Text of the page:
Better consult an automation guru and be ready to make a major tooling and equipment investment, or take a pass.
10-18-2009, 10:45 PM #11
i would like to add:
i will get the pieces as cast (ductile cast iron). the machining allowance are about 2mm (the orange areas).
the annual contract would be 30k pieces.
i don't have the option to finish the bore with the assembly. i just deliver that part to assembly plant.
i started contacting kitagawa to see if they have a fixture that would help.
'm thinking to reach the final thickness using cnc turnining for turning both sides.
i looked up for some milling fixtures . (sample attached). but my machining centers are vertical.
the good news is that i made 2 sampels ., and they were accepted.
the bad news is that each sample took 15 minutes.
10-19-2009, 12:02 AM #12
It seems to me that you might need to discuss the points raised by at least a few of the posts here, or it will not have been worth your time asking the question, or their time trying to answer it.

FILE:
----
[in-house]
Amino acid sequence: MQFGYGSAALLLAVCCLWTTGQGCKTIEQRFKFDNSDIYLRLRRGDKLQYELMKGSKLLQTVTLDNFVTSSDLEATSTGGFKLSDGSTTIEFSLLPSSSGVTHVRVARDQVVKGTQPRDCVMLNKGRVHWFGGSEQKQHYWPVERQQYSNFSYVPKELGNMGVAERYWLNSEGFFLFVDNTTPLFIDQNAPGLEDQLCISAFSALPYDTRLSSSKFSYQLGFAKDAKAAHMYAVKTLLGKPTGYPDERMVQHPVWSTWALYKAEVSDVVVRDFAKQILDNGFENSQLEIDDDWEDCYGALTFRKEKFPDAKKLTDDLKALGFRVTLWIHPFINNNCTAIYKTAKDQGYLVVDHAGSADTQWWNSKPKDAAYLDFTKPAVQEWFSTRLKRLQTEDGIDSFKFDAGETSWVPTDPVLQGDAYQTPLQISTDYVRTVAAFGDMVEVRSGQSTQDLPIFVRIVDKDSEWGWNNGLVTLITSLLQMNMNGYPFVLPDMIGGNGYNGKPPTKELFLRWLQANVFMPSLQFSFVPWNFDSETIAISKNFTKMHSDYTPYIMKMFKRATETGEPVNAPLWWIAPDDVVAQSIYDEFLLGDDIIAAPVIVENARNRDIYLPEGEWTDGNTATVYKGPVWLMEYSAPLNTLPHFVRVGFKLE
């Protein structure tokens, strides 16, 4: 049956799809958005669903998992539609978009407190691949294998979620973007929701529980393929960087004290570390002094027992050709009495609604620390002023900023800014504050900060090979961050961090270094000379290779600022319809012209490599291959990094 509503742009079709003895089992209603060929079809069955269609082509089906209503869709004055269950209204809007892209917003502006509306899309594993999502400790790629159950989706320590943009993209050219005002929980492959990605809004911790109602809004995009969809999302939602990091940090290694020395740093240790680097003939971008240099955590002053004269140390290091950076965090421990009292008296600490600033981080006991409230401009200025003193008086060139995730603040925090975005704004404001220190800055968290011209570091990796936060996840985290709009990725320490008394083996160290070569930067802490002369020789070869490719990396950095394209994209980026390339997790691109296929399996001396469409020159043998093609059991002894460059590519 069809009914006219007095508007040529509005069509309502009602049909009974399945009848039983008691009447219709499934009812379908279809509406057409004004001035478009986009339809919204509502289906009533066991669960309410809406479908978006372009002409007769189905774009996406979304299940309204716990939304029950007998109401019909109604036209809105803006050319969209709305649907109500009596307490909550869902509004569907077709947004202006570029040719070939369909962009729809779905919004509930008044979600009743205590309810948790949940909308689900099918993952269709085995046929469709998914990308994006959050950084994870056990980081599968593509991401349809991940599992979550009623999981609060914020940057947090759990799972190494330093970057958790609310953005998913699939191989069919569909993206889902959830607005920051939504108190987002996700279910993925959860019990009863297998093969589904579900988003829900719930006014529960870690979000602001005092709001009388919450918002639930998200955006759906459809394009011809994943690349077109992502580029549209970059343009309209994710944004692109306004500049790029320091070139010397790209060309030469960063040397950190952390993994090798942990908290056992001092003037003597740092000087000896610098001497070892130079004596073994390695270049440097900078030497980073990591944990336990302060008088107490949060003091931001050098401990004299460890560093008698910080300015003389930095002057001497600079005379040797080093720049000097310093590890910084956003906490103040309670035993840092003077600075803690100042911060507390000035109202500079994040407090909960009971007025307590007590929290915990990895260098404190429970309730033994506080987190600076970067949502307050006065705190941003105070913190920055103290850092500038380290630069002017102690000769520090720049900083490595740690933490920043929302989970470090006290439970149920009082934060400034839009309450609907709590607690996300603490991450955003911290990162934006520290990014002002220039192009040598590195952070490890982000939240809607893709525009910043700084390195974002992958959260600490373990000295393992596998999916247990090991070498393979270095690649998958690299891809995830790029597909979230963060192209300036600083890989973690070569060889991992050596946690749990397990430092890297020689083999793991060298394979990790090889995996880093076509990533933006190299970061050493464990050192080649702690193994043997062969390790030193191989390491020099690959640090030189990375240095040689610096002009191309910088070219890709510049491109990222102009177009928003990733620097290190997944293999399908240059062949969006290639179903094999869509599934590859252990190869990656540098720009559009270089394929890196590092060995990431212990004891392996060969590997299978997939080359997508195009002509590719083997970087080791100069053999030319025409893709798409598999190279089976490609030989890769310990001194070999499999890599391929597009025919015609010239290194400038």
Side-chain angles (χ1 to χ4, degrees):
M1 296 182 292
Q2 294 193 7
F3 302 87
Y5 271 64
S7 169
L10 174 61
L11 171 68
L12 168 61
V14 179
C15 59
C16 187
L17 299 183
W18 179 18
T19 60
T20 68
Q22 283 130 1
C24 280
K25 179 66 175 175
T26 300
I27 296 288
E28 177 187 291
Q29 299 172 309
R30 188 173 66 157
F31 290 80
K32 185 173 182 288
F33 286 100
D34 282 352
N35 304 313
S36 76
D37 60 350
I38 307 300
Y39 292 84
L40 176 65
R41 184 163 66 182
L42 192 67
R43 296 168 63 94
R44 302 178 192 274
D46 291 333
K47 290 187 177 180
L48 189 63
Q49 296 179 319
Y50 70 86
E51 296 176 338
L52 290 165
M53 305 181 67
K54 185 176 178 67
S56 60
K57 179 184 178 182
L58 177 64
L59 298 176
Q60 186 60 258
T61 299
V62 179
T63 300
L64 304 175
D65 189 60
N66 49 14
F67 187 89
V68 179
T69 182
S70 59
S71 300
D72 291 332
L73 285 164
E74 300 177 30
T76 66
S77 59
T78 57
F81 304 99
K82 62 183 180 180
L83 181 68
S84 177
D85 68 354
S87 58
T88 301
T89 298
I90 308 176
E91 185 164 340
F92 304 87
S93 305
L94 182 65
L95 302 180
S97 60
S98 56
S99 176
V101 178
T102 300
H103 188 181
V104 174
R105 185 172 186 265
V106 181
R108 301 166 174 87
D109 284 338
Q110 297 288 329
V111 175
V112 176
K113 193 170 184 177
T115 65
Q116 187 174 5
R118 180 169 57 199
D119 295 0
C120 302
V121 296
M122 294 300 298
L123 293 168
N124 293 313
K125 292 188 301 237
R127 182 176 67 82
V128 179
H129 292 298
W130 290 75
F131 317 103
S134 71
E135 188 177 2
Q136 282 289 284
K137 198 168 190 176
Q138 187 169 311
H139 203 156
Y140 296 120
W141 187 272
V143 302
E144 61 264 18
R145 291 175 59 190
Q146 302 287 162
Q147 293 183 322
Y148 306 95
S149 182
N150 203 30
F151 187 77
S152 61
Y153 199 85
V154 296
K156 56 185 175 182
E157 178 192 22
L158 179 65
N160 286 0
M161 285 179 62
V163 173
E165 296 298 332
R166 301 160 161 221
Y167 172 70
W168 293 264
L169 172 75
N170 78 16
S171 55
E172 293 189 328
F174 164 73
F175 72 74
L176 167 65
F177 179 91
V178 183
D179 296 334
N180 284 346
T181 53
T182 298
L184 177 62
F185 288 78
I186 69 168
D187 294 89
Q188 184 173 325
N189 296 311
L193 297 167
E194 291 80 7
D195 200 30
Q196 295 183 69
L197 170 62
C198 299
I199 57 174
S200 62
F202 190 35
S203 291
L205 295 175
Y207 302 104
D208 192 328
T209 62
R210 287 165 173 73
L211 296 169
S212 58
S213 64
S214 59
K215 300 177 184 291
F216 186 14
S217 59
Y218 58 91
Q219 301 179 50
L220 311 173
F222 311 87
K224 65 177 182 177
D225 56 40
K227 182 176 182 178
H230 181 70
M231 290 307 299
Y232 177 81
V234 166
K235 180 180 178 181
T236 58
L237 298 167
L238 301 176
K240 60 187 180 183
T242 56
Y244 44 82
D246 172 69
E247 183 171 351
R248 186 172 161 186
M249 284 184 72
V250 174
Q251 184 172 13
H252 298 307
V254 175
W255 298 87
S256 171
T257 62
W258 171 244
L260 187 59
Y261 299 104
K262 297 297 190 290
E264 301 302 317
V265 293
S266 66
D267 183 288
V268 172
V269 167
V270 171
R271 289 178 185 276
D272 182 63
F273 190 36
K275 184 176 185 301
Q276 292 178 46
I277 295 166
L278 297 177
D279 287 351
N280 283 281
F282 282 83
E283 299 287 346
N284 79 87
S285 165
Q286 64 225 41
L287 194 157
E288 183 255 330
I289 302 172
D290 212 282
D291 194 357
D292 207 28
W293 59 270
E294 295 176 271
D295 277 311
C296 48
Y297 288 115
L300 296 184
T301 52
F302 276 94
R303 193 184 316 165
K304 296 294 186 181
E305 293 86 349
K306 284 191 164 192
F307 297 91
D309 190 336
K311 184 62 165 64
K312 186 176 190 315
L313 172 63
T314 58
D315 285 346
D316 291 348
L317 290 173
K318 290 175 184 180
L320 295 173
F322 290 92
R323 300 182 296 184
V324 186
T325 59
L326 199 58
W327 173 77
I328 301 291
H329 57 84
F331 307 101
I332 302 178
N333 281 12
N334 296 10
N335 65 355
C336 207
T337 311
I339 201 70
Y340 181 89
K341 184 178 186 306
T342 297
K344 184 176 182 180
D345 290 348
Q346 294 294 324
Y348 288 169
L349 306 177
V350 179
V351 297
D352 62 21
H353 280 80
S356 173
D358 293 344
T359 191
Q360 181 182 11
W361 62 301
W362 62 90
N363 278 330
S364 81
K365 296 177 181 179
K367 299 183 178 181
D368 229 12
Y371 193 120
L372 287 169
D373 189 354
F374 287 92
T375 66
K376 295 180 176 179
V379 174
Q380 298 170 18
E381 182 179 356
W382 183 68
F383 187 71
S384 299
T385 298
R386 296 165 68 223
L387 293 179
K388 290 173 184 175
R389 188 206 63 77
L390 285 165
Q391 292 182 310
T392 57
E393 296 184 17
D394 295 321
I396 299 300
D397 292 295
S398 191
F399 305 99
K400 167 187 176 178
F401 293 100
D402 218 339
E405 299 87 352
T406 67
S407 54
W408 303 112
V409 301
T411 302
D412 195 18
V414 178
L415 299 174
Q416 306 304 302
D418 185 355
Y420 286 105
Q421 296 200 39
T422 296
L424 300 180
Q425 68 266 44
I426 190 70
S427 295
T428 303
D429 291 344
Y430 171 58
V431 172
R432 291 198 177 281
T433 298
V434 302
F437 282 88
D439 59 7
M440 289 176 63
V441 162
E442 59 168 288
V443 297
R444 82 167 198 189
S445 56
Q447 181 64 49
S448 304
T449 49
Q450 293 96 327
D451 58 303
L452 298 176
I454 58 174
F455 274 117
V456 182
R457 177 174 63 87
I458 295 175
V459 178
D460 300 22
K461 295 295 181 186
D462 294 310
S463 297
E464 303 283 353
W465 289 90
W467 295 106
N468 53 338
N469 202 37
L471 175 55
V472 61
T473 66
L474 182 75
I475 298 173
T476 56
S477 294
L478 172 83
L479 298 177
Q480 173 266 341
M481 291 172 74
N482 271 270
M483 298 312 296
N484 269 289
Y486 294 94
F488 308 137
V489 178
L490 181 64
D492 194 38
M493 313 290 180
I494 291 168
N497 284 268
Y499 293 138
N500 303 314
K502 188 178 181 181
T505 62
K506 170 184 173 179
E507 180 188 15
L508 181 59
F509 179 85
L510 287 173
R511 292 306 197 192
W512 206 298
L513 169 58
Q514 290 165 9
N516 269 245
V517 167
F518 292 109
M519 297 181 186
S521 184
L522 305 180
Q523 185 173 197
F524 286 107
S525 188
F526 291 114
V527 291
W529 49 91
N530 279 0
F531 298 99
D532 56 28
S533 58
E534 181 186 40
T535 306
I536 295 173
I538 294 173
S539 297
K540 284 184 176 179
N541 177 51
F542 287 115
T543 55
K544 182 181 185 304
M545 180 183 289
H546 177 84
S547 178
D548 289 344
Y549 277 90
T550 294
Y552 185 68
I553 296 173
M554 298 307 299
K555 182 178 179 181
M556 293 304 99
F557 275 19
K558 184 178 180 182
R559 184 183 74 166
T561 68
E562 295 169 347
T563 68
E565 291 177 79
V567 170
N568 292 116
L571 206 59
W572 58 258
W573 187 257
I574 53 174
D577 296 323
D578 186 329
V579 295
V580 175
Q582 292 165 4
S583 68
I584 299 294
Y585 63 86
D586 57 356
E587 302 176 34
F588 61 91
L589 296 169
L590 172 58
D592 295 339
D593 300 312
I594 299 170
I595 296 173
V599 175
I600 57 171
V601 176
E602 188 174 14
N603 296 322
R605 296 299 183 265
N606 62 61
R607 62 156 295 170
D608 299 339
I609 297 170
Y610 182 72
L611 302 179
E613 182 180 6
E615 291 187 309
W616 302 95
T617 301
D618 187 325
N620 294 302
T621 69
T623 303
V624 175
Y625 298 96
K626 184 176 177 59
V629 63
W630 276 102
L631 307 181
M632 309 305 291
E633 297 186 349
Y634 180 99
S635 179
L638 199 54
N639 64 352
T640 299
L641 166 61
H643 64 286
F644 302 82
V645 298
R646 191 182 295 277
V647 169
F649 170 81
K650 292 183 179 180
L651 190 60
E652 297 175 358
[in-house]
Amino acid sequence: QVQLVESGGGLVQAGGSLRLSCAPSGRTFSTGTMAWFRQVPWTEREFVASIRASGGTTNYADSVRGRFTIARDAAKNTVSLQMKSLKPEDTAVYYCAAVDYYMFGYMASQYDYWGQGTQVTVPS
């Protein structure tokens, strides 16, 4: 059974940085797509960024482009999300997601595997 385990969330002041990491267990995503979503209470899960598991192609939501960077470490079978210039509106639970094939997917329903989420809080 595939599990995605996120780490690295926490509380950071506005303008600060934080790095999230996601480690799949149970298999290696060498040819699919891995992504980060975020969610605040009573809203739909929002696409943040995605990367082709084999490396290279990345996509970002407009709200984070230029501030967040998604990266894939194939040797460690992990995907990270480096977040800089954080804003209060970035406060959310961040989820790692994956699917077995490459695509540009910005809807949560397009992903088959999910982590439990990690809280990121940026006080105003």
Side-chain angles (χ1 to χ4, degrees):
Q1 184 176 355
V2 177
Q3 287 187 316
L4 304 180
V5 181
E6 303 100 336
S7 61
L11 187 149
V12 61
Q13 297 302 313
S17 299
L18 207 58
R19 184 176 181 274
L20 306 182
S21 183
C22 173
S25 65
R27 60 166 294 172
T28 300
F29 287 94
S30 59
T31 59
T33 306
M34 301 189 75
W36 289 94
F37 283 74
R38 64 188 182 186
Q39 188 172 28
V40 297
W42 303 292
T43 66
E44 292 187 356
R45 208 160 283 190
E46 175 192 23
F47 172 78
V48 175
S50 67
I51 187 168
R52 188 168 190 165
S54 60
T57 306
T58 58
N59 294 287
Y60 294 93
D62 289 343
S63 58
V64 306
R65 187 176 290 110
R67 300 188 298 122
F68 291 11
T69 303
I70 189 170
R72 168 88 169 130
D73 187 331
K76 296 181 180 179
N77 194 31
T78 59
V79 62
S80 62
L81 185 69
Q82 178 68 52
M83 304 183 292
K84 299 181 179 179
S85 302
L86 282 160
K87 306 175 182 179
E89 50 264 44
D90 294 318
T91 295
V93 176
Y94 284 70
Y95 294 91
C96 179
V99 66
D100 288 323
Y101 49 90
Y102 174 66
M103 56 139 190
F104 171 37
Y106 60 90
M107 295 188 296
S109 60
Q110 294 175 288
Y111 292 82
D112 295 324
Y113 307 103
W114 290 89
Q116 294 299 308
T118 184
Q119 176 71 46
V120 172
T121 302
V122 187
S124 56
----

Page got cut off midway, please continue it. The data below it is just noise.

10-19-2009, 12:12 AM #13
I appreciate every comment posted here. i didn't ignore any of the above posts.
10-19-2009, 03:28 AM #14
you misunderstand my point, I'm sorry I wasn't clearer.
I wasn't suggesting you were ignoring any posts; I've no way of knowing that.
I don't mean acknowledging or thanking the posters, either (which you did).
I mean: entering into a discussion on key points they raise.
I am suggesting that to get somewhere with solving a hard problem like this, I think you need to respond to more of the points - or at least the "killer" point, which is the cycle time of ~~3 mins